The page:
I don't know

Late-night host Jimmy Kimmel has a recurring segment called “Lie Witness News.” The show has an interviewer on the streets of Los Angeles who asks passersby to answer questions that are totally made up but sound reasonable. Instead of saying, “I have no idea what you’re talking about,” the man/woman on the street (at least the ones that make it to the show’s production) just make up a story.

Here are some examples:

Kimmel’s writers made up an awards show called “Outstanding Celebrity Excellence Awards” and then asked people to comment on the host’s and presenters’ outrageous behaviors. The people responded with comments like, “I thought it was totally inappropriate.” And “I was very shocked by what she did.”  (Remember, there actually wasn’t bad behavior because the award show didn’t exist.)

Another Lie Witness edition went like this: “Do you think Oprah should be canceled because of what she said about the troops?” The man’s response was, “Yes, even if it was a mistake, she needs to apologize.” Interviewer: “Where were you when you heard the news?” Man: “Uh, I think I was at work.”

Others were questioned about an actress hitting a dolphin, an actor eating a kangaroo at a petting zoo, and a child actor being caught cheating on his taxes. Although none of this happened, it didn’t stop people from spinning stories about how they saw it on Twitter or TikTok and then told all their friends. When asked what part was most upsetting to them, they continued the web of lies.

Why? Why would anyone feel the need to say they know about something that they don’t? And we know their responses are untrue because none of those stories happened! Is the need to be in the know that compulsive? Are we afraid of not fitting in if we admit we’re not familiar with that “story”?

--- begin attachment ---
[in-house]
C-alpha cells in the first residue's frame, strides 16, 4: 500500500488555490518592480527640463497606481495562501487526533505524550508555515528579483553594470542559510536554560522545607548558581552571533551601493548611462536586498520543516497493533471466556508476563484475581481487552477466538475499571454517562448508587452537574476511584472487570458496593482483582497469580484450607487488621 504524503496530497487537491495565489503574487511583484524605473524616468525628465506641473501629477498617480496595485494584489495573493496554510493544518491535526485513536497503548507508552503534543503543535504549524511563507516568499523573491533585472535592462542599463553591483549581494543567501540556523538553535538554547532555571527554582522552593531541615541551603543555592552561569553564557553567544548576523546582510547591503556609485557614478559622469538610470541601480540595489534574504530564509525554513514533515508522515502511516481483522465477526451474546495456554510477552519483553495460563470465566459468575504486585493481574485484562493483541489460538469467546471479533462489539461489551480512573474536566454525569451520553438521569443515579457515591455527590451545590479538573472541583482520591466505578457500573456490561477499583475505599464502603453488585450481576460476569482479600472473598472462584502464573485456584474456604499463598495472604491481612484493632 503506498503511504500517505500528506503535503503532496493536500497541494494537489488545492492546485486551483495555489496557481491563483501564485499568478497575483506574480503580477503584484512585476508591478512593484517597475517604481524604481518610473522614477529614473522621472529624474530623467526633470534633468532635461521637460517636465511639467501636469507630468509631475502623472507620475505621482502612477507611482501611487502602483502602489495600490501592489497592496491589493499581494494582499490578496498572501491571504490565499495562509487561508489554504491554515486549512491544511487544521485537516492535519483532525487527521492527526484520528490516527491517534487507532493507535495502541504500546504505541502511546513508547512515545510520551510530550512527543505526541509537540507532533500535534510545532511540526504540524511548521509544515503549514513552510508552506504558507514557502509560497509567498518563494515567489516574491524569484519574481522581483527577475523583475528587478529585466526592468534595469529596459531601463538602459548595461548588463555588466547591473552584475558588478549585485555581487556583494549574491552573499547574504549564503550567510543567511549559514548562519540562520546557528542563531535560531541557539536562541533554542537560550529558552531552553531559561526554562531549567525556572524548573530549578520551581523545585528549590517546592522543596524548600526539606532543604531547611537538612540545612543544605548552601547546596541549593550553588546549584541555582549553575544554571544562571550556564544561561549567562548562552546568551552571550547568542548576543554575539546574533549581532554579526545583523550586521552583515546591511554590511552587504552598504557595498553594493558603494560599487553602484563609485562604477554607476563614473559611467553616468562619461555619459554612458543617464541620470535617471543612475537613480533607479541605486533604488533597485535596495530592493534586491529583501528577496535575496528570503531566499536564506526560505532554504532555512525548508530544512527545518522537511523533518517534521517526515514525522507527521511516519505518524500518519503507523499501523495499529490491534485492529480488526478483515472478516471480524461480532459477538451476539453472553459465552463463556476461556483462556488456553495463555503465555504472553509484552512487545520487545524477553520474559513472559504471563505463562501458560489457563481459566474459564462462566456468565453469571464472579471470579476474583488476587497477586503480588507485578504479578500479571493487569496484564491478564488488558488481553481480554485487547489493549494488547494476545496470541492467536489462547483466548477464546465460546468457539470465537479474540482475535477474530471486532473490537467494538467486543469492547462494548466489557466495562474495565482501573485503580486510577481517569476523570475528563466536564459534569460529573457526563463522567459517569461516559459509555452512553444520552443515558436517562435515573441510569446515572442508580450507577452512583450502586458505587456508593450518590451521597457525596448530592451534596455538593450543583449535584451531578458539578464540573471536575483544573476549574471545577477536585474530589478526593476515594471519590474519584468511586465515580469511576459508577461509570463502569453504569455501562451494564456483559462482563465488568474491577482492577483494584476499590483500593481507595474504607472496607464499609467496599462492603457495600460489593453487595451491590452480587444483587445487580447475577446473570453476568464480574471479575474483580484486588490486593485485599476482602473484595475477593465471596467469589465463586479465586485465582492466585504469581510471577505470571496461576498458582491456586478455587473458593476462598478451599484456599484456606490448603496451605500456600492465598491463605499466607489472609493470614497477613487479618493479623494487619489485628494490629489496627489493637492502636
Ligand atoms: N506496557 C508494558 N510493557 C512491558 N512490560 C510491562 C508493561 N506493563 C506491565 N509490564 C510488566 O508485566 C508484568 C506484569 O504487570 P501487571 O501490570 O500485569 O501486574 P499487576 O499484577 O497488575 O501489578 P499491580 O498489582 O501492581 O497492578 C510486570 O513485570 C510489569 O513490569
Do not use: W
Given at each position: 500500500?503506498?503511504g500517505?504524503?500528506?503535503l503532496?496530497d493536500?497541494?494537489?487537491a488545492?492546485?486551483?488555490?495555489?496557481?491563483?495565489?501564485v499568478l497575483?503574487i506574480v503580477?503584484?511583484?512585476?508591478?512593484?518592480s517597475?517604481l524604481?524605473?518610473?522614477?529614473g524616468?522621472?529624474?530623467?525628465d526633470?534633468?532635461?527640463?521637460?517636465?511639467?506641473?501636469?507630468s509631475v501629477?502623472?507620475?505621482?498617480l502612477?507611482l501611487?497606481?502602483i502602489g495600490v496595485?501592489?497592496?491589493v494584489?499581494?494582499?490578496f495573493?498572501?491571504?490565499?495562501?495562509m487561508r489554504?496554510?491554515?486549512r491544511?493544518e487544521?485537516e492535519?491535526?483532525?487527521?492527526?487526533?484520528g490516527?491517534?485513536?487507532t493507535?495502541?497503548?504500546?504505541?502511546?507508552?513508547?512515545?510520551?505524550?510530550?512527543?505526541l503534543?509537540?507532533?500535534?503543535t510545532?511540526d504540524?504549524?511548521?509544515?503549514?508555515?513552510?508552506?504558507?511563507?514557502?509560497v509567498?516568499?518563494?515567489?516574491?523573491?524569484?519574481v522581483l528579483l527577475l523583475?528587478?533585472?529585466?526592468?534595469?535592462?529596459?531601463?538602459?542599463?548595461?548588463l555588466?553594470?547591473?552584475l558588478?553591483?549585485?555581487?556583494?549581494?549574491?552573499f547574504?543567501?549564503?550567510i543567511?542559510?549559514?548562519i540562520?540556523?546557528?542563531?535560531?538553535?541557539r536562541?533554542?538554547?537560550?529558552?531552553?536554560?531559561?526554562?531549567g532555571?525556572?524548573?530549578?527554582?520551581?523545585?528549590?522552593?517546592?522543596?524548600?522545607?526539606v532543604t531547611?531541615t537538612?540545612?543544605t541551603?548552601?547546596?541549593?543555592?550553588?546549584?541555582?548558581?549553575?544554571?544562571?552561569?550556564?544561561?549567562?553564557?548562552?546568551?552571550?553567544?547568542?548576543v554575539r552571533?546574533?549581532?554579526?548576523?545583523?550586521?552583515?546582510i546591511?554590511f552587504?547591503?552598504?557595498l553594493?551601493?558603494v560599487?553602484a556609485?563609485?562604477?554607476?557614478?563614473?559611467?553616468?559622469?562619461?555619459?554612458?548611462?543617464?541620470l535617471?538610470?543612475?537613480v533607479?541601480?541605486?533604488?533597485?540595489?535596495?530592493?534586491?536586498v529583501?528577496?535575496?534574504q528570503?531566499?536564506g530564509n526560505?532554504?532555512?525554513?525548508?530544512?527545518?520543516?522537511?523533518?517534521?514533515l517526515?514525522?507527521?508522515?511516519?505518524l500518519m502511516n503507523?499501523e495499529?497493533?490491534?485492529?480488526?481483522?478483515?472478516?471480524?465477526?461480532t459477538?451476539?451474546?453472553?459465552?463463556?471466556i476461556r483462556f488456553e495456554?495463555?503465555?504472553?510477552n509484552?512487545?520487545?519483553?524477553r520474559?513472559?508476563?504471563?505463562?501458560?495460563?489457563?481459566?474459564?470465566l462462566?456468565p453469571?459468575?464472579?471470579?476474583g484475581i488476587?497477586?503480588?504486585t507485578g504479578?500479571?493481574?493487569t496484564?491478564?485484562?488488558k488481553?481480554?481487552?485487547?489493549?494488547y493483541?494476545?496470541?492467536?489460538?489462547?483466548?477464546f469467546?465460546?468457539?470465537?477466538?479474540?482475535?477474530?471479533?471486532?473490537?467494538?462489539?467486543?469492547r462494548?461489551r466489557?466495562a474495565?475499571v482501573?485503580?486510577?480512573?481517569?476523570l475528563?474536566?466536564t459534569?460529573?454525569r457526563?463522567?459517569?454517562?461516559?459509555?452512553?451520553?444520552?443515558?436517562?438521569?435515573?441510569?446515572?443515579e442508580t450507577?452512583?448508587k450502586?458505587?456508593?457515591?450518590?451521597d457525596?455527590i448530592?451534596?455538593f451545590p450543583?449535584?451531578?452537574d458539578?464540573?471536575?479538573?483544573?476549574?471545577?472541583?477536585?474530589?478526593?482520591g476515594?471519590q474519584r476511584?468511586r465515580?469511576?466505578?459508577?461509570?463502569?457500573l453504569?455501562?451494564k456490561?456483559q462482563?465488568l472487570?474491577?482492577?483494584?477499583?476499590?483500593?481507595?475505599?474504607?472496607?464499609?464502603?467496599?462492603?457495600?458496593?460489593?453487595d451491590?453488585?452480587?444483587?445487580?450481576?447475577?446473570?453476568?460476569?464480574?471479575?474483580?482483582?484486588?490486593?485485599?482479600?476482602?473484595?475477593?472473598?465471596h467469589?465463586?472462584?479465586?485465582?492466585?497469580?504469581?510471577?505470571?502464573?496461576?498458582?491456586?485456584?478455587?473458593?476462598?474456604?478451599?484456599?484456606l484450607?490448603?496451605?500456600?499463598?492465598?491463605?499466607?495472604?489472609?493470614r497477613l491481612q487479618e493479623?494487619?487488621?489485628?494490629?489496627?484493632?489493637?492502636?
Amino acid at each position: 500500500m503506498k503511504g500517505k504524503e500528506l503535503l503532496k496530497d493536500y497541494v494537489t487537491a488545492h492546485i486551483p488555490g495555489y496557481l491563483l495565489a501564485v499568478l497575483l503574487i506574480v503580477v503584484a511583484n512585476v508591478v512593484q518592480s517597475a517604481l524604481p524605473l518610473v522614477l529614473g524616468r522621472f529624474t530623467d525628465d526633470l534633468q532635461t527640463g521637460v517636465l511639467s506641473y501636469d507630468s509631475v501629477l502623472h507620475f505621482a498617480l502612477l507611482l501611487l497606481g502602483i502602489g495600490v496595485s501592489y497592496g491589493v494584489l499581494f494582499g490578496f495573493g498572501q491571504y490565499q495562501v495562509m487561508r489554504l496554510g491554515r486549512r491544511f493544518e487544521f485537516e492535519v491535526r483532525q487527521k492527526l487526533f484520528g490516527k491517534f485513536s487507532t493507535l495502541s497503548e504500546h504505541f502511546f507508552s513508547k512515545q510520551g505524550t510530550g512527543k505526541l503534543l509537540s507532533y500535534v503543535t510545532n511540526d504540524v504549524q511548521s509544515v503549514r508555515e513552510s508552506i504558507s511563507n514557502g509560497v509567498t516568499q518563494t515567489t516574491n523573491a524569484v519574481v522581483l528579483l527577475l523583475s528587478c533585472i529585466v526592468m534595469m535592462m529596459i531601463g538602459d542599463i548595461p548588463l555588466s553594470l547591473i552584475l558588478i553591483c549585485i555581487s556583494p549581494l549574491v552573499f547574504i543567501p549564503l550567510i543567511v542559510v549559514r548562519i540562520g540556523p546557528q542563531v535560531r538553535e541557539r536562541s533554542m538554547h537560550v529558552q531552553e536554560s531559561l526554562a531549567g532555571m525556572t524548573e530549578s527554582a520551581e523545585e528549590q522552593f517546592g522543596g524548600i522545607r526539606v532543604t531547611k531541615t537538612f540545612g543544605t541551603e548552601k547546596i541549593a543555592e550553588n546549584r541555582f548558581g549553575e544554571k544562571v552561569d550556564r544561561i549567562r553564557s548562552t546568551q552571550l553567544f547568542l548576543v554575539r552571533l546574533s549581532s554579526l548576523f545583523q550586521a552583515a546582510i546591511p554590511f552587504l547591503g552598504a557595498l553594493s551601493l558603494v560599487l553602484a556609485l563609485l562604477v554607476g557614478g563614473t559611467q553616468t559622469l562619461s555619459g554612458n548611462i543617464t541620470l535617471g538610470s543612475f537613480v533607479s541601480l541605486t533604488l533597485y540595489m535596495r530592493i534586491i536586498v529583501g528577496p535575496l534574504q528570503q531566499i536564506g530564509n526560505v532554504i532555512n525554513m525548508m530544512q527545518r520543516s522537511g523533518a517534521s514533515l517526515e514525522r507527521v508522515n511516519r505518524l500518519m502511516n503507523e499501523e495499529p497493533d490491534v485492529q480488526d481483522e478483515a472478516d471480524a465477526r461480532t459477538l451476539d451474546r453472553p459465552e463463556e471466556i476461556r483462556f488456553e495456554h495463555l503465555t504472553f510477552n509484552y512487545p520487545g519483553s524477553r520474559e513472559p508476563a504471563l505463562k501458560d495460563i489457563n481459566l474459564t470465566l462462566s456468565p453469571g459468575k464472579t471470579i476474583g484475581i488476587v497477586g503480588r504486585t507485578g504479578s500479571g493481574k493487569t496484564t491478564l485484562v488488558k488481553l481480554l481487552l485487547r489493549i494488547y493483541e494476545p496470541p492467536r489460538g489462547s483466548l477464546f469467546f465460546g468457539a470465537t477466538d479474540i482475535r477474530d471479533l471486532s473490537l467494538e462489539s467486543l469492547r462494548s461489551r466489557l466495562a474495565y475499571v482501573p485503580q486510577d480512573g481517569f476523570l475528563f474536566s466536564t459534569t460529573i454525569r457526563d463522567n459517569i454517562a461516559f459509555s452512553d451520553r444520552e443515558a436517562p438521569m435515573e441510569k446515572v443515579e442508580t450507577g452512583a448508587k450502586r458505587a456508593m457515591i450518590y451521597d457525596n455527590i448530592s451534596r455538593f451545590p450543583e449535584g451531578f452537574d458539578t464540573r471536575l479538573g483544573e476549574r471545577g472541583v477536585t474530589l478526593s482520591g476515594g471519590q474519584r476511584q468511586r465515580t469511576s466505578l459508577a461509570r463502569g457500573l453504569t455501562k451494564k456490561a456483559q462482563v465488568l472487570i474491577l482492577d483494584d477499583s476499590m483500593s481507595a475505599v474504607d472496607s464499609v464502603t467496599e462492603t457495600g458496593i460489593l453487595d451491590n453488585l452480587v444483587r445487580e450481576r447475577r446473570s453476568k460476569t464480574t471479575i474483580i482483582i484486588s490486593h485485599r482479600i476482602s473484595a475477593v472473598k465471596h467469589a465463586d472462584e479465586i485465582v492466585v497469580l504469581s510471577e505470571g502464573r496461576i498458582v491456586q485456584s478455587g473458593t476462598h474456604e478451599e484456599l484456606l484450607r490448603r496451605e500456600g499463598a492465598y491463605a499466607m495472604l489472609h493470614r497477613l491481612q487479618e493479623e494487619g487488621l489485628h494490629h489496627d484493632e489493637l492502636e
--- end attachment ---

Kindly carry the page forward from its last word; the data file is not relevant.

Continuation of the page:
I don’t find this segment funny; to me, it’s distressing. It just reinforces that people can say anything outrageous and be believed and repeated without offering an ounce of proof that what they’re saying is true.

In coaching public speaking, students often cite the Q&A session as the most stressful. “What if,” they say, “someone in the audience asks me a question that I don’t know the answer to? I’ll look stupid and it will ruin my whole speech!”

This scenario is actually an excellent opportunity for a speaker. You respond, “I don’t know the answer to that question. If you give me your contact information, I’ll research it and get back to you. Thank you for that question.”

How refreshing for someone to admit with confidence and poise they don’t know everything! This actually happened to me in an online class I ran last spring. The question was a fascinating one, and when I got back to the questioner with a full response, she was blown away that a) I had actually kept my word about getting back and b) the information I provided was the exact solution to her problem. As an extra bonus, I learned something new!

So don’t hesitate to say, “I don’t know.” And this is one situation where a “but” is entirely appropriate as in, “but I’ll find out for you.”


My post from five years ago on the same topic of lying

Lie Witness News about Canada becoming America’s 51st state